Law Review: Django Unchained
Jamie Foxx stars in the new film by Quentin Tarantino, which advertises itself as “The New Film By Quentin Tarantino.” In case you are not an 18 to 34 year old fanboy and don’t know what that means, you are going to watch top tier actors dropped into a story that screams “direct to DVD,” start working you over with charmingly witty dialogue until you suspect that you might just be viewing a thoughtful historical piece, until it all comes crashing down in a sea of blood and wounded genitalia. Happy Holidays!
While Foxx is the movie’s headliner, the great scenes are stolen once again by Christoph Waltz, who played a menacing multi-lingual SS colonel in the 2009 war movie “Inglourious Basterds.” Waltz returns to Tarantino’s world this time on the side of right as a European bounty hunter who is appalled by slavery in the American south. His name is Dr. King Schultz, and he frees a slave named Django, played by Foxx. Did I mention his name is Dr. King and he frees a black man? Subtle, eh?
Waltz is at his best as he patiently explains, in his precise German-accented English, Schultz’s function as an officer of the federal court. He often finds himself holding up a legal document and waxing on about circuit judges while the body of a man he just gunned down lies in the dirt at his feet. As Schultz, D.D.S. and his trusty comrade Django merrily blast their way across the antebellum south, producing legal warrants to silence objections to the killing spree, the movie begs the question: is this how the criminal justice system worked back then?
Pretty much. According to Jonathan Drimmer, writing in the Houston Law Review, Nineteenth Century bounty hunters played a role similar to that of law enforcement officers. Bounty hunters could use “all necessary force, including deadly force, in obtaining custody over a suspect.” As agents of the bondsmen who bailed a criminal suspect, bounty hunters enjoyed the bondsmen’s broad rights to recapture bail-jumping suspects and return them to state custody in order to recover bail money.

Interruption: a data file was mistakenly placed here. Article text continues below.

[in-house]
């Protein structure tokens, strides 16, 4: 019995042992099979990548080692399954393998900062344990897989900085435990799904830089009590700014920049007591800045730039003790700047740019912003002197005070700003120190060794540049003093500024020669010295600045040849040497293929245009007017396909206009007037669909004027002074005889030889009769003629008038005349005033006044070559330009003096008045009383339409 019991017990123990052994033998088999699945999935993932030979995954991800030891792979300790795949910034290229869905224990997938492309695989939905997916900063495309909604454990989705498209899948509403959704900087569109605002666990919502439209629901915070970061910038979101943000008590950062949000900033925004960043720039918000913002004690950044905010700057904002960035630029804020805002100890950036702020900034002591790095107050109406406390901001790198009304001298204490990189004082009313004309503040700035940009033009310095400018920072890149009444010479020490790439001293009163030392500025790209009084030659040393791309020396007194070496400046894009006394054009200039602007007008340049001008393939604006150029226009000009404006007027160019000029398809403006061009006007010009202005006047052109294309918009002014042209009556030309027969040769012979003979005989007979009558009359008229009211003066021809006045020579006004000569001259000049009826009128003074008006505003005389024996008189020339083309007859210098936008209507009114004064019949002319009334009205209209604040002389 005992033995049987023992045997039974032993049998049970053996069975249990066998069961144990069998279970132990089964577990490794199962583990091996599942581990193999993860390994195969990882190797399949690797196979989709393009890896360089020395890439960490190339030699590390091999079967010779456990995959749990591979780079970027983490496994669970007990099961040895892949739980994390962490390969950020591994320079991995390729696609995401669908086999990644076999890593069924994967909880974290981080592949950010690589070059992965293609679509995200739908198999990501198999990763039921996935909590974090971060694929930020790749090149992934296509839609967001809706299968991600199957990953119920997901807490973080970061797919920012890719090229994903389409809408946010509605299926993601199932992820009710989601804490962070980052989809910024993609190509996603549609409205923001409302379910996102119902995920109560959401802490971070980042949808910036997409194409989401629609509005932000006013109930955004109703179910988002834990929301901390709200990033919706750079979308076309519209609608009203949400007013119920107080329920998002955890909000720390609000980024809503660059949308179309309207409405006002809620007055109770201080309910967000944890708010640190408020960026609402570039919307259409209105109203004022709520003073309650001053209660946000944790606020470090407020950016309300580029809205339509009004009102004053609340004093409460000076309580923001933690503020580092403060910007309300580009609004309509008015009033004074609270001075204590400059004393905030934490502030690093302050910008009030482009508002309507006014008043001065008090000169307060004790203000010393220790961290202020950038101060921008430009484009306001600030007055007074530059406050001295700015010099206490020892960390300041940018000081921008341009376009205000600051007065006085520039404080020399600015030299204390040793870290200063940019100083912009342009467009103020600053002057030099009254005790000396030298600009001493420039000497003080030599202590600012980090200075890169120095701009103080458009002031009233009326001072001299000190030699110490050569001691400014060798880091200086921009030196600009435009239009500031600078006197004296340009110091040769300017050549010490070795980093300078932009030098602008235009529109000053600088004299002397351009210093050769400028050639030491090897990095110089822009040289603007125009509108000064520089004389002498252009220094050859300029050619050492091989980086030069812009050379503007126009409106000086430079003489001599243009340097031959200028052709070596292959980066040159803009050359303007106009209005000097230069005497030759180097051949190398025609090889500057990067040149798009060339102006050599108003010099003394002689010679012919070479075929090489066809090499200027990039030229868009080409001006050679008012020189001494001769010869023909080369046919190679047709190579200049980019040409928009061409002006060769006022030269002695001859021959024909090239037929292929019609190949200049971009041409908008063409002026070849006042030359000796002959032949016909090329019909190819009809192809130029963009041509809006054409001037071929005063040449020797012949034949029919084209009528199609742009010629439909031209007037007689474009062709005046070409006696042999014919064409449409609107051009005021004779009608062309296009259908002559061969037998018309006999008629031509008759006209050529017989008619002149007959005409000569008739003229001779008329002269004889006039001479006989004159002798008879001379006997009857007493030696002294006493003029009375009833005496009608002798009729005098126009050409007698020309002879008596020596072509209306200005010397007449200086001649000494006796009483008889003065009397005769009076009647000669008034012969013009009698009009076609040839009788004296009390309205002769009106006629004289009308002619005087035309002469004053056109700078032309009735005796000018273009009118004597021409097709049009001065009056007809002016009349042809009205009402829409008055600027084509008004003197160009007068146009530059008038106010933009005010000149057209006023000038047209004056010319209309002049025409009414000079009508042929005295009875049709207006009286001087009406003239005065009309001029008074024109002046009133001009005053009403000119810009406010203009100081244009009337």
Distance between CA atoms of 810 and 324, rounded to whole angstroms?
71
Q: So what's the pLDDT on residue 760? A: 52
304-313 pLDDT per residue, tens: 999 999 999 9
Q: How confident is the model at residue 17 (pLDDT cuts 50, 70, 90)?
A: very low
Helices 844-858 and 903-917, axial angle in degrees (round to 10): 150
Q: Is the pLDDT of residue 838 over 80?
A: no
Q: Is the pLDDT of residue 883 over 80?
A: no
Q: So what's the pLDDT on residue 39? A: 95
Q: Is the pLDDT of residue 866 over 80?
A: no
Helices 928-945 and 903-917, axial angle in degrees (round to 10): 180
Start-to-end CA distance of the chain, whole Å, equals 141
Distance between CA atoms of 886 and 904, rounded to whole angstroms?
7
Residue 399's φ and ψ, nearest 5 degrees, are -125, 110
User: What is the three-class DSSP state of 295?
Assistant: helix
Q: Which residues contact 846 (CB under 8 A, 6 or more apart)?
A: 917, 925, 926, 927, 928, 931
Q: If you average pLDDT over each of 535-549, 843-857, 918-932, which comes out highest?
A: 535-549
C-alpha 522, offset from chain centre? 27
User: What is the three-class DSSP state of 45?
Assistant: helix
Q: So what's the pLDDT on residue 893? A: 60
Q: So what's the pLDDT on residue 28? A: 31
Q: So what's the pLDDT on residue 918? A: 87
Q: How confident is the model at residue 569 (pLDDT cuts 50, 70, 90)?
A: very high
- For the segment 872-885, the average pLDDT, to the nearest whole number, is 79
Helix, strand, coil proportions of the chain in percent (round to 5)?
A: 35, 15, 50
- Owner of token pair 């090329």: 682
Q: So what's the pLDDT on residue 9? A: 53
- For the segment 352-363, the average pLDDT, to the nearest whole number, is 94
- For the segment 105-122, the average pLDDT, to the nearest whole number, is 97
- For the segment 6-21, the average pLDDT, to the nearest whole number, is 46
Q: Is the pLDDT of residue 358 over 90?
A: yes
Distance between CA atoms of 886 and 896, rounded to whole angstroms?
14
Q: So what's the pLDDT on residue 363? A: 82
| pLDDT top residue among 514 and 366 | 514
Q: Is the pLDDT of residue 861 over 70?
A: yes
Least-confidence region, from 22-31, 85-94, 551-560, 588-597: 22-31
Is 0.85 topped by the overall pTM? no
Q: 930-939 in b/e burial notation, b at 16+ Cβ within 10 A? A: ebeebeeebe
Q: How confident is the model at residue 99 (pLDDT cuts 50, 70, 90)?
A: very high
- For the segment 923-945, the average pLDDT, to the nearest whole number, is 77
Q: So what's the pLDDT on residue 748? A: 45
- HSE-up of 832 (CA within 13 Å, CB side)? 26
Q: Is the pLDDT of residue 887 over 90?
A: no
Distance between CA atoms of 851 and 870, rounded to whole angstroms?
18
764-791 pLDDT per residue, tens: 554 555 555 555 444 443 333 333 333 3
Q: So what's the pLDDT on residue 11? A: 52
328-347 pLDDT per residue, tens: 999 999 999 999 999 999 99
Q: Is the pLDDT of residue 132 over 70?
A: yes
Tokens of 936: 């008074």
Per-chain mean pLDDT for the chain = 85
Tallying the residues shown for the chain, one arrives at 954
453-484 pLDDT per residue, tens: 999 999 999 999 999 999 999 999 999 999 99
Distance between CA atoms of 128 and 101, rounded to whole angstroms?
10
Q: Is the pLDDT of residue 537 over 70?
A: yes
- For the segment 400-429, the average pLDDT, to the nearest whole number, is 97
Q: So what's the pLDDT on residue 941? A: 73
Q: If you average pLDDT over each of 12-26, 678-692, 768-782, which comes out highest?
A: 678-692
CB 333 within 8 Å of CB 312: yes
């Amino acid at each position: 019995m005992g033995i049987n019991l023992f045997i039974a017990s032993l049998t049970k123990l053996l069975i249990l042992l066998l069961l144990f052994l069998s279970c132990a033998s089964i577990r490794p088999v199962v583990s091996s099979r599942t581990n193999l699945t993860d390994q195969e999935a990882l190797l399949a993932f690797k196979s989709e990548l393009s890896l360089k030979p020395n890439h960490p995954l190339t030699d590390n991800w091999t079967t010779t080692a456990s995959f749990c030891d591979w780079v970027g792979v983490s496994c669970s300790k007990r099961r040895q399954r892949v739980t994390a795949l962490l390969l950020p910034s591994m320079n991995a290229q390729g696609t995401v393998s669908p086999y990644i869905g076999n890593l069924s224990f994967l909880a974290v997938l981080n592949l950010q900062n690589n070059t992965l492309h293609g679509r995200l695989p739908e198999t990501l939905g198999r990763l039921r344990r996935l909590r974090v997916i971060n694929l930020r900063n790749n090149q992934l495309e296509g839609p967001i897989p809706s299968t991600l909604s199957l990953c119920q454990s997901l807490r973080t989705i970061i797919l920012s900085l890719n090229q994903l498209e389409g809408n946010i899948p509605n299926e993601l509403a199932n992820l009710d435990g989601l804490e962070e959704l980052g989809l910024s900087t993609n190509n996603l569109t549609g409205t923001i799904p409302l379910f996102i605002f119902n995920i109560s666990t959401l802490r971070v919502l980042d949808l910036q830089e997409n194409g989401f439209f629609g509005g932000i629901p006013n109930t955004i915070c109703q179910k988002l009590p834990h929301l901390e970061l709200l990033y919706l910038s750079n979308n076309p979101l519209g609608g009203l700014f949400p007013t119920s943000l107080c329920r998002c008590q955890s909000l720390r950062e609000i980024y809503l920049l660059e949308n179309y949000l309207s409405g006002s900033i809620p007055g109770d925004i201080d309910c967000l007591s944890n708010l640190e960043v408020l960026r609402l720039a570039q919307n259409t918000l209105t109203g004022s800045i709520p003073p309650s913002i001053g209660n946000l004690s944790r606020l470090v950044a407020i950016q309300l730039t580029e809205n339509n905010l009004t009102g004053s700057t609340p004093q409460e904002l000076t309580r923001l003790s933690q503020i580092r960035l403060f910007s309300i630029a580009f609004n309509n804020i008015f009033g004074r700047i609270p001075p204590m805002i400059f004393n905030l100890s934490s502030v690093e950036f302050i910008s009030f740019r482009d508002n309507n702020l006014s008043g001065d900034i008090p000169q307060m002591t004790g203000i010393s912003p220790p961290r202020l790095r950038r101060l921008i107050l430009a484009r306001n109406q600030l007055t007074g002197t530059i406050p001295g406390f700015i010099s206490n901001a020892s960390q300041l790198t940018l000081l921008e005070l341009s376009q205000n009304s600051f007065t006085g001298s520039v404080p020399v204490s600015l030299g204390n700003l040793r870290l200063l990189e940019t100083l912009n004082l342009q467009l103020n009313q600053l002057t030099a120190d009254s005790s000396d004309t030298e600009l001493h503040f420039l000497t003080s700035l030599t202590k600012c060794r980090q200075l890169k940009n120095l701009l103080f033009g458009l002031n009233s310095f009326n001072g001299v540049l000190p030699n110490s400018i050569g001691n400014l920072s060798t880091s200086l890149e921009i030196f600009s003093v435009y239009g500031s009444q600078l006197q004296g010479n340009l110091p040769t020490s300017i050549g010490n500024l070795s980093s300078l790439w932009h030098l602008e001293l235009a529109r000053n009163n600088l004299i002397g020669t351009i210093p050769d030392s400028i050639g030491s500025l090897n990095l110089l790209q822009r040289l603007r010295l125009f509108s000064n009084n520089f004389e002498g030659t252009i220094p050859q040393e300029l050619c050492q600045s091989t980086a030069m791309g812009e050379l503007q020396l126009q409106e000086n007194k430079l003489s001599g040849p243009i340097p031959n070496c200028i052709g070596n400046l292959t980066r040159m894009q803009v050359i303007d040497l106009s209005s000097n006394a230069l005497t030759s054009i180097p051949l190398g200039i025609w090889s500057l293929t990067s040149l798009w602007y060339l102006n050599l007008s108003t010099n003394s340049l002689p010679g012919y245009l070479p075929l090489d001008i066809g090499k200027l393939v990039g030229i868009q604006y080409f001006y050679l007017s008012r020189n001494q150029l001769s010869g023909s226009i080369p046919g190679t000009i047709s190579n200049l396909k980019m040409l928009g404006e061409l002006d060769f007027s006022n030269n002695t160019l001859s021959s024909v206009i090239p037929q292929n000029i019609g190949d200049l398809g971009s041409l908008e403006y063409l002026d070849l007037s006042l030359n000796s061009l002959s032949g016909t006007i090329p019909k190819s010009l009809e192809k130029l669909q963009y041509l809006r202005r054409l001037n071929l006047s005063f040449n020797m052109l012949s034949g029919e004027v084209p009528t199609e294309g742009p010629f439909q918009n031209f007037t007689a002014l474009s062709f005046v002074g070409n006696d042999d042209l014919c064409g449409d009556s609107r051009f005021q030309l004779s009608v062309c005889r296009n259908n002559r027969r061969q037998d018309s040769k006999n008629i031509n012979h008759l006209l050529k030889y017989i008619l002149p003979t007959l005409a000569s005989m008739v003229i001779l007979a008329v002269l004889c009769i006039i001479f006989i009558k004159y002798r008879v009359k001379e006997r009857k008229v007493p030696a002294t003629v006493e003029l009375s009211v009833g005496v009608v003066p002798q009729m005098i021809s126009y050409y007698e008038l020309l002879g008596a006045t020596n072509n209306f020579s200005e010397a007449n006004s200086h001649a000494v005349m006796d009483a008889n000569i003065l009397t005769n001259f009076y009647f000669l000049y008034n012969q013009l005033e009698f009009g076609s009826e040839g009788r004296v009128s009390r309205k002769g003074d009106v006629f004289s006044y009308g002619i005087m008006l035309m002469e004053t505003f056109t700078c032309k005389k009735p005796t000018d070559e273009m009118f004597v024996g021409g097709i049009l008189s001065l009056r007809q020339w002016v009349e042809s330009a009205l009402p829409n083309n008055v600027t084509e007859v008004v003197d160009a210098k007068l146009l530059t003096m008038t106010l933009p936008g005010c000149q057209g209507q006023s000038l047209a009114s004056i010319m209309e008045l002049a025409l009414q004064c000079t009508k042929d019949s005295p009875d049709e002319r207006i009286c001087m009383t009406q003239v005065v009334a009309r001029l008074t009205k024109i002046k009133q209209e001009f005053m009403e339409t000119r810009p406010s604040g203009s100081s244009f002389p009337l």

But bringing suspects home to stand trial sounds more like an episode of “Dog the Bounty Hunter.” This is a Tarantino film. What we really want to know is: could a bounty hunter walk up to a man, have a pedestrian conversation about the weather—and then shoot that dude in the face?! Once again, pretty much. A bounty hunter needed only return proof that the suspect was dead in order to recover the bail money. Also, a bounty hunter’s power in the Old West extended beyond that of a law enforcement officer. He had a law enforcement officer’s power to seize a suspect, but since the bounty hunter acted as the agent of the bondsman, and not as an officer of the state, he was not limited by the constitutional or state law protections for criminal defendants. Accordingly, bounty hunters received wide latitude from the courts. In fact, various legal commentators like Drimmer and Gerald D. Robin in Criminal Justice still assert that modern bounty hunters enjoy far too much leeway when searching for, questioning, and detaining actual and suspected bail jumpers. The moral of the story: if a bearded German dentist is asking around about your identity, you should probably skip town for a while.
“Django Unchained” also stars Leonardo DiCaprio, Kerry Washington, and Samuel L. Jackson. It is rated “R” for strong graphic violence throughout, a vicious fight, language and some nudity. It is two hours and forty-five minutes long. It will probably appeal to viewers who enjoyed Tarantino’s other films, especially “Inglourious Basterds” and the “Kill Bill” films. It will probably not appeal to viewers who are not amused by strong violence, especially gun violence.